Friday, June 17, 2011

High art for the heartland (even if the venue isn't technically "rural")

I wrote about six weeks ago of an LA Times piece that characterized Bentonville, Arkansas, soon to be home to the Crystal Bridges Museum of American Art, as "rural." Indeed, I fairly ridiculed the unidentified LA Times writer for that characterization , explaining how Bentonville can hardly be rural when it sits amidst a major metropolitan area.

Now the New York Times is writing about Crystal Bridges and Alice Walton, its benefactor. Here's an excerpt, heavy on quotes from Ms. Walton. The quotes take up the issue of "place," with some emphasis on the "heartland" versus the coasts, but with no mention of the "r" word.

“I never would have thought of collecting anything but American, truly,” she said. “This is the heartland of the country. It’s what should be here.”

Ms. Walton acknowledged that in the beginning it was not always easy dealing with members of the East Coast art establishment. “A lot of people there don’t really know this part of the world, really don’t know the people here and the desire and the need for art,” she said. “But once they come and see what’s here and what we have, their attitudes will change.”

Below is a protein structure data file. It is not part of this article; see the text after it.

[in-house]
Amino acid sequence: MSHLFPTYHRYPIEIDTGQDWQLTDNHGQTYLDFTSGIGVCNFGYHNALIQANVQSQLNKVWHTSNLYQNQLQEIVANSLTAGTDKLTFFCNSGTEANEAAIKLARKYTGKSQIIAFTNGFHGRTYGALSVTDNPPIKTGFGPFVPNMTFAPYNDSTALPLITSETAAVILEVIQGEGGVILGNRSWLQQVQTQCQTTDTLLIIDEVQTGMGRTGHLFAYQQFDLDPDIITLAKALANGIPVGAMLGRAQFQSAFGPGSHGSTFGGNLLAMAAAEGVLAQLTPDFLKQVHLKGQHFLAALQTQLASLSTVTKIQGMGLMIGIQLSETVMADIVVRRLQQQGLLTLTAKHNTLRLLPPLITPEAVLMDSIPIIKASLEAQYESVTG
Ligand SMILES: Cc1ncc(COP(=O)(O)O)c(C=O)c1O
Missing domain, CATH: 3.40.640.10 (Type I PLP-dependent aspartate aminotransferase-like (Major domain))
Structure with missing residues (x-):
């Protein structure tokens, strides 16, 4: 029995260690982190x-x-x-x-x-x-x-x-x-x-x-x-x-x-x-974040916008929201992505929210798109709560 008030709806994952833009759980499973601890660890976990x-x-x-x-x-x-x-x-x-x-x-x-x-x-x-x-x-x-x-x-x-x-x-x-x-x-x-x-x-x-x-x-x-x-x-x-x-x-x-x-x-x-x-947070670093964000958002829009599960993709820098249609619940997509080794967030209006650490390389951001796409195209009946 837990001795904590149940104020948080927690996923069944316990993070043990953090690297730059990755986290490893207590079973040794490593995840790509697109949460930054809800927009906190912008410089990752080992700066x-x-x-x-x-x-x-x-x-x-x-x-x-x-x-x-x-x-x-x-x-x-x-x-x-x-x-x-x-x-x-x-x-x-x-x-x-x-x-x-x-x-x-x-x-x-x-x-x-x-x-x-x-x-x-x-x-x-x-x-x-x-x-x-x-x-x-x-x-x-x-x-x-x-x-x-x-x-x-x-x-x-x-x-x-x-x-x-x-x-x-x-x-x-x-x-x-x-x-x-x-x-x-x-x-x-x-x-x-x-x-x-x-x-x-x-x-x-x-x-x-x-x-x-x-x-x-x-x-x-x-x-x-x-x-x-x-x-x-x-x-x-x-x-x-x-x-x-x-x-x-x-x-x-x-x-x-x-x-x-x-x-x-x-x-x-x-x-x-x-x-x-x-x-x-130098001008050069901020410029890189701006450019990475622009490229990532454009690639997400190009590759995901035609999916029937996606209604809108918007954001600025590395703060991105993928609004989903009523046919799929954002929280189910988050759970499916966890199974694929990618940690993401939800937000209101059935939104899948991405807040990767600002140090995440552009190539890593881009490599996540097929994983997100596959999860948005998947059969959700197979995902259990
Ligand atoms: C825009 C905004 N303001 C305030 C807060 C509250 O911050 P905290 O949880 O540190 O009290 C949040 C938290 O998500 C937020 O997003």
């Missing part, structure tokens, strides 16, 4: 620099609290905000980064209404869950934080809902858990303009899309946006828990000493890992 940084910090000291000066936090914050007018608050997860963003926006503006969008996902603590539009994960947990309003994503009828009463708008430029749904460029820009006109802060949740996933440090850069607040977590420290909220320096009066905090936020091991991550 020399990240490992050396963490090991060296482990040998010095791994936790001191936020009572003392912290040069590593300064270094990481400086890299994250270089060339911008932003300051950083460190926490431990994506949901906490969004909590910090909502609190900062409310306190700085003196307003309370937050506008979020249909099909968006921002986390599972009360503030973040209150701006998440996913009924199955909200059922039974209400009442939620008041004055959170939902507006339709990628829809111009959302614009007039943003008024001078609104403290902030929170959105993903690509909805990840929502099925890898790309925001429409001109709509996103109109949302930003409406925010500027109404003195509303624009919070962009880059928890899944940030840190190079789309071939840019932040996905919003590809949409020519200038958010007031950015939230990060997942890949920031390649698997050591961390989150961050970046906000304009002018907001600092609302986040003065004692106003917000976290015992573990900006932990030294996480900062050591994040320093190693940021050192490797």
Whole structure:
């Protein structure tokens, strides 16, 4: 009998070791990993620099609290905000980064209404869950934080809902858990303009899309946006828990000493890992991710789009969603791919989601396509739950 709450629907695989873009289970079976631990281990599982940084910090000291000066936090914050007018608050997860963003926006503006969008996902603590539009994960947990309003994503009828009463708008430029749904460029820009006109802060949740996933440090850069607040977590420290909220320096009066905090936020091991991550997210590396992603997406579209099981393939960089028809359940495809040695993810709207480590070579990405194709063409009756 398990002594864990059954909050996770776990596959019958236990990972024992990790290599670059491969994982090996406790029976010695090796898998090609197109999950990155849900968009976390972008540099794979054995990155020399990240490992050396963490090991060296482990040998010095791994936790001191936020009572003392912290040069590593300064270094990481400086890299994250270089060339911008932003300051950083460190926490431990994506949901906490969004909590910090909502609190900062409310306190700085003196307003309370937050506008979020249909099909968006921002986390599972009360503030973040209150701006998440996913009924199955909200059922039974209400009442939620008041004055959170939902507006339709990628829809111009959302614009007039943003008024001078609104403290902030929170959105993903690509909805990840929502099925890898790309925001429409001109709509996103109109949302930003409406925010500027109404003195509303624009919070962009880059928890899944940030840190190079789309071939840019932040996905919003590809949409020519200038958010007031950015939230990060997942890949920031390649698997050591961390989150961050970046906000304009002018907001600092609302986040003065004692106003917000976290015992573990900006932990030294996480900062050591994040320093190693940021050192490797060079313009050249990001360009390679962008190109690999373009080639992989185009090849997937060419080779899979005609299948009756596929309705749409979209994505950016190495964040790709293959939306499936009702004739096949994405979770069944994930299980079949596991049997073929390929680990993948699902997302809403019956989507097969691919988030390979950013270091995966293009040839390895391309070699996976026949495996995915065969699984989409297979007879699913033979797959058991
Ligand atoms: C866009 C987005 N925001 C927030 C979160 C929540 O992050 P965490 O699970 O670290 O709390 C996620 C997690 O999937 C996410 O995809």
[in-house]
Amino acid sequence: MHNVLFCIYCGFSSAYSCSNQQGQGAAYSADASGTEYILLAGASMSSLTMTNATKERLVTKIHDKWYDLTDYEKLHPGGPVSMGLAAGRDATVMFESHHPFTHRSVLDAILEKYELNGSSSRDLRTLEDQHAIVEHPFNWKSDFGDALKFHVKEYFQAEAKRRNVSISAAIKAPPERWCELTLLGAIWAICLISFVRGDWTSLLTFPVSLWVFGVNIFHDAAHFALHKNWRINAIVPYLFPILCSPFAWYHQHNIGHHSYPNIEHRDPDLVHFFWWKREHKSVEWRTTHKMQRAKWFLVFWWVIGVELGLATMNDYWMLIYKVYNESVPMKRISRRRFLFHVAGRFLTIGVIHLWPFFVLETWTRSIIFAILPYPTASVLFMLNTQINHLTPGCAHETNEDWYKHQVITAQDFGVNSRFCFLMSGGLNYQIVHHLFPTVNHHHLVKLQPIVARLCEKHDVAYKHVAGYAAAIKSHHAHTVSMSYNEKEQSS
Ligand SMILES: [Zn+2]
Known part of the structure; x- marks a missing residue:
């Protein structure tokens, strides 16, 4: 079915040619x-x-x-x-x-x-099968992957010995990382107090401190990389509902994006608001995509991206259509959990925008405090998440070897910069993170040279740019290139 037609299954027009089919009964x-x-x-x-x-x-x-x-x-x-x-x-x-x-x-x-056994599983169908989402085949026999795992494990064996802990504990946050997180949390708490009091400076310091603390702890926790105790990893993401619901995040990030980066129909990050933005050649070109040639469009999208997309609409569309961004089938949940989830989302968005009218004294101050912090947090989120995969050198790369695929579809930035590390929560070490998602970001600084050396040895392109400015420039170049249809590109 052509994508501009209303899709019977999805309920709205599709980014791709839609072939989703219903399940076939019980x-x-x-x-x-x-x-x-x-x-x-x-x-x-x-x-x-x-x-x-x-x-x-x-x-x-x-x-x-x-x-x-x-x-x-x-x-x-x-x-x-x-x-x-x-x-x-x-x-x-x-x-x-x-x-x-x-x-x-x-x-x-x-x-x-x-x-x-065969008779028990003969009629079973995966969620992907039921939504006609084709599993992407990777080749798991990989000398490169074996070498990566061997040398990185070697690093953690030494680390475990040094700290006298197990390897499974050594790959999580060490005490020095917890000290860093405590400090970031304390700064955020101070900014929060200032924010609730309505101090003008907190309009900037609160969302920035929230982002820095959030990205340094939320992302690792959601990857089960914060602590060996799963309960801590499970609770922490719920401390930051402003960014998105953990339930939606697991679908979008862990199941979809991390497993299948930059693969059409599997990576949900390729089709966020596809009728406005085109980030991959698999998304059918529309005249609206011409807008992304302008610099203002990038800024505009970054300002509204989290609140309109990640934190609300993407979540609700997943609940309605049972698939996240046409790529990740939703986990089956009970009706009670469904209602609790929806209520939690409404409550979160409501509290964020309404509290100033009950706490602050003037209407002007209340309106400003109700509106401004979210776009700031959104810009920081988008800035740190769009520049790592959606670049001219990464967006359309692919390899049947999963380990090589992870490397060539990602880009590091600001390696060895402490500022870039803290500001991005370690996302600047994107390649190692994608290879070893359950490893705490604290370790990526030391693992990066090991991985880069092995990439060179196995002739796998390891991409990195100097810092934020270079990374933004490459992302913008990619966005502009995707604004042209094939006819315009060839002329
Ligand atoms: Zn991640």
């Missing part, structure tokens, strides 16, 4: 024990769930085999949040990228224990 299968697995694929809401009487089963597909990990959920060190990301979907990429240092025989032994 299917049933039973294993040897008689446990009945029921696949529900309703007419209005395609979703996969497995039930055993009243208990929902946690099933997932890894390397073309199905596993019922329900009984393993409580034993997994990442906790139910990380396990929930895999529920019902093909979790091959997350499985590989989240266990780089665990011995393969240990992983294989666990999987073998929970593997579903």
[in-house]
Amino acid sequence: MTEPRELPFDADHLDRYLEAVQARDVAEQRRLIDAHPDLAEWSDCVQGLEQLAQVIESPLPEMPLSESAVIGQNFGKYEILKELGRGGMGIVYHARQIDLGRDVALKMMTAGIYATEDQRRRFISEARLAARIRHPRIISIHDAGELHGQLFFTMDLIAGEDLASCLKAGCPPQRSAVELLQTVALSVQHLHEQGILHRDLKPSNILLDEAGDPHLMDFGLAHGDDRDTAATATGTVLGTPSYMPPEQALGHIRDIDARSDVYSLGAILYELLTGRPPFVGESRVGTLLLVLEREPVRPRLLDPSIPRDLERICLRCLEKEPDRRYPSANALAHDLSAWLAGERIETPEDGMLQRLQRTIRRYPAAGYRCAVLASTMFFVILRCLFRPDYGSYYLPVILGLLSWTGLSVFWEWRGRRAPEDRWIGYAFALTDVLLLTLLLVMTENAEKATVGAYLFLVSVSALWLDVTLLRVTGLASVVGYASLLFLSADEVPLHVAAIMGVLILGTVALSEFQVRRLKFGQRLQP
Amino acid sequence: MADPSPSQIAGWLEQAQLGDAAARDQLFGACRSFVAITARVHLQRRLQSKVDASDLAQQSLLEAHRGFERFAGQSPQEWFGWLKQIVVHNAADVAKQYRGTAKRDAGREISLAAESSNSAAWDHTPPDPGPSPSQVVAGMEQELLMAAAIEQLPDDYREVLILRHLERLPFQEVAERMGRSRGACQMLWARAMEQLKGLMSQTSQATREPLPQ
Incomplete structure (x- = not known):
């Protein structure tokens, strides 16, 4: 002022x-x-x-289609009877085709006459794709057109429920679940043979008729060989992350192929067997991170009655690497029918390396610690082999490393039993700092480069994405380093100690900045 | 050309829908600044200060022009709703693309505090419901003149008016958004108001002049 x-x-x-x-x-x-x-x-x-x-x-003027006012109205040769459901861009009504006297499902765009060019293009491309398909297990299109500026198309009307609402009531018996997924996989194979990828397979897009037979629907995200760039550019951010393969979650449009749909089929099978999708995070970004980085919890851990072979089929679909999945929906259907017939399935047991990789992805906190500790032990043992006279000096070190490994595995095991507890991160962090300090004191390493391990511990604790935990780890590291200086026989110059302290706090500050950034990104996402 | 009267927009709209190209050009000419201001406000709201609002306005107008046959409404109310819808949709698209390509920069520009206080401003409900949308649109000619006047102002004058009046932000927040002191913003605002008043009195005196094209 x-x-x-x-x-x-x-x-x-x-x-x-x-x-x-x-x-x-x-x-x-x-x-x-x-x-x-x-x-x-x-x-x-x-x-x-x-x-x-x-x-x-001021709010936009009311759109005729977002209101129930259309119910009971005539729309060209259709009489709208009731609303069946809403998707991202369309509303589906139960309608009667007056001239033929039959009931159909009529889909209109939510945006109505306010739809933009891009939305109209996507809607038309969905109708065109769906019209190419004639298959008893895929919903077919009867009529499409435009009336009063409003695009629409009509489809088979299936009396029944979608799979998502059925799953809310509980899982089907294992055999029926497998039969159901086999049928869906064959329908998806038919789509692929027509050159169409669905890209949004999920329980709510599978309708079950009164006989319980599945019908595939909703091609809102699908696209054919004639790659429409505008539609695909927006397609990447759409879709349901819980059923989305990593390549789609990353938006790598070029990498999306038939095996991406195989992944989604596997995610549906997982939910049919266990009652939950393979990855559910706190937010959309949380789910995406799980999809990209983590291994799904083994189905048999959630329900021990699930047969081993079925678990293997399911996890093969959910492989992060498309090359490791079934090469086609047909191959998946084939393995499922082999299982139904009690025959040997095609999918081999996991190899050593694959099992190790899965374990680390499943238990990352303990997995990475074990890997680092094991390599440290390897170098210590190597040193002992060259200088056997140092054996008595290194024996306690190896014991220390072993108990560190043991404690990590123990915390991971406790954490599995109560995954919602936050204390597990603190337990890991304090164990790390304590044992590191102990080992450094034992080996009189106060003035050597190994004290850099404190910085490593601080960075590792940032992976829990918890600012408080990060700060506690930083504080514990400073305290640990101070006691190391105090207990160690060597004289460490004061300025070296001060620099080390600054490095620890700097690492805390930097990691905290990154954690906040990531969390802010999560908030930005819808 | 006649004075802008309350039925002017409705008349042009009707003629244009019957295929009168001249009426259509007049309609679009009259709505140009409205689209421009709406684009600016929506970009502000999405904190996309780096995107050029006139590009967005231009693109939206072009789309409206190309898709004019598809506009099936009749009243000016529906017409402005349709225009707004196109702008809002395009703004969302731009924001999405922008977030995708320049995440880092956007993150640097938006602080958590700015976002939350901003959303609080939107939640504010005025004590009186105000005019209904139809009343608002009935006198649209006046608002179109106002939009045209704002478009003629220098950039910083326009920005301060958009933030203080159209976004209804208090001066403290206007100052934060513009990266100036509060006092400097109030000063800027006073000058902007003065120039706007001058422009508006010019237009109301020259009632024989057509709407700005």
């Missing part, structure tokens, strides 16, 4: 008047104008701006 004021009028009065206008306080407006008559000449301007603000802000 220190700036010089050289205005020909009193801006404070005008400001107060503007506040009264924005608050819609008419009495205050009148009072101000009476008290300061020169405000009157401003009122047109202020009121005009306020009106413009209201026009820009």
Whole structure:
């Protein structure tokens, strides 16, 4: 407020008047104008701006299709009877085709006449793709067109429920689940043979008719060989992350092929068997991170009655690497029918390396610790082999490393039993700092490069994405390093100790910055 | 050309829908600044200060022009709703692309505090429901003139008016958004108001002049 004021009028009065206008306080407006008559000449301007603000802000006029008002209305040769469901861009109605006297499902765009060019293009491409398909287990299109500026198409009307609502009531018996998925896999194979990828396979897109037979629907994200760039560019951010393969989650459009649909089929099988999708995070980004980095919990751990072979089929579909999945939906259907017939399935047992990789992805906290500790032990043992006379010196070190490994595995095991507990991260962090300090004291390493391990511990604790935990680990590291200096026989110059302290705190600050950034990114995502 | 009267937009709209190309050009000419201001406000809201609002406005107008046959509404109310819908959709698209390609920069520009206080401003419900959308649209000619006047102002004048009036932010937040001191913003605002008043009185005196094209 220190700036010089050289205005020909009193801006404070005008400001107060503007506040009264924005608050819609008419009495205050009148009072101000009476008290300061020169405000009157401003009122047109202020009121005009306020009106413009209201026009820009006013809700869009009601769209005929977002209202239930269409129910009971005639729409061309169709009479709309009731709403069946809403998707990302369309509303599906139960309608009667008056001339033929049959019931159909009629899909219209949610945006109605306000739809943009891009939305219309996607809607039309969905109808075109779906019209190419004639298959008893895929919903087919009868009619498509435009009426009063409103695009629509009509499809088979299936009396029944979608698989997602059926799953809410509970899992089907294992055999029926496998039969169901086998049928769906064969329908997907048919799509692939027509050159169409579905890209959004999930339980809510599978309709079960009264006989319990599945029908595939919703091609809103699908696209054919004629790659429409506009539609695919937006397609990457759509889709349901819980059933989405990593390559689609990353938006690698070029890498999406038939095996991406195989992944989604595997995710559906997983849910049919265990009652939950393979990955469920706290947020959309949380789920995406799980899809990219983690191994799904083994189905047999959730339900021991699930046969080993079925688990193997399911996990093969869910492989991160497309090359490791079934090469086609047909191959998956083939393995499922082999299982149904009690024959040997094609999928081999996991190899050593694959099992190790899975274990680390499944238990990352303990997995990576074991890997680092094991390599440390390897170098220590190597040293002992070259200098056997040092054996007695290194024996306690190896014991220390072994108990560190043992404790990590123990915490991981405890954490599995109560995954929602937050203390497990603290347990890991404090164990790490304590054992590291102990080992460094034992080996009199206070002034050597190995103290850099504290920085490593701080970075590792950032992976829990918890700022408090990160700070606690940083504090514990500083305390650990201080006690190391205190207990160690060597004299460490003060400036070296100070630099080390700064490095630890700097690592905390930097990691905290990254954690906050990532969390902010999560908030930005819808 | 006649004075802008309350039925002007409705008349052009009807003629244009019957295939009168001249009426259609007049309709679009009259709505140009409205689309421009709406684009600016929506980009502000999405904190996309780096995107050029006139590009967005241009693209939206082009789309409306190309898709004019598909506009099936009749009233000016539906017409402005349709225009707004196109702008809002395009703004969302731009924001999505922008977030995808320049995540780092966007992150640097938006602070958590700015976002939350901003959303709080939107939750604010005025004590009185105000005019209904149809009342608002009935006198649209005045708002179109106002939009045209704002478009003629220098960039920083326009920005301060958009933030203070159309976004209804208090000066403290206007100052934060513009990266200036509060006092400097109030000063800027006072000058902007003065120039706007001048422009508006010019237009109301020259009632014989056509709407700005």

Still, she is realistic enough to know that a world-class museum can’t be created overnight, or even over a decade. “We want to share; we want to borrow; we want to loan; we want to have really active partnerships with museums worldwide.”
Elsewhere in the story Ms. Walton, age 61 and the youngest child of the late Sam Walton, founder of Wal-Mart, is quoted:
For years I’ve been thinking about what we could do as a family that could really make a difference in this part of the world .... I thought this is something we desperately need, and what a difference it would have made were it here when I was growing up.

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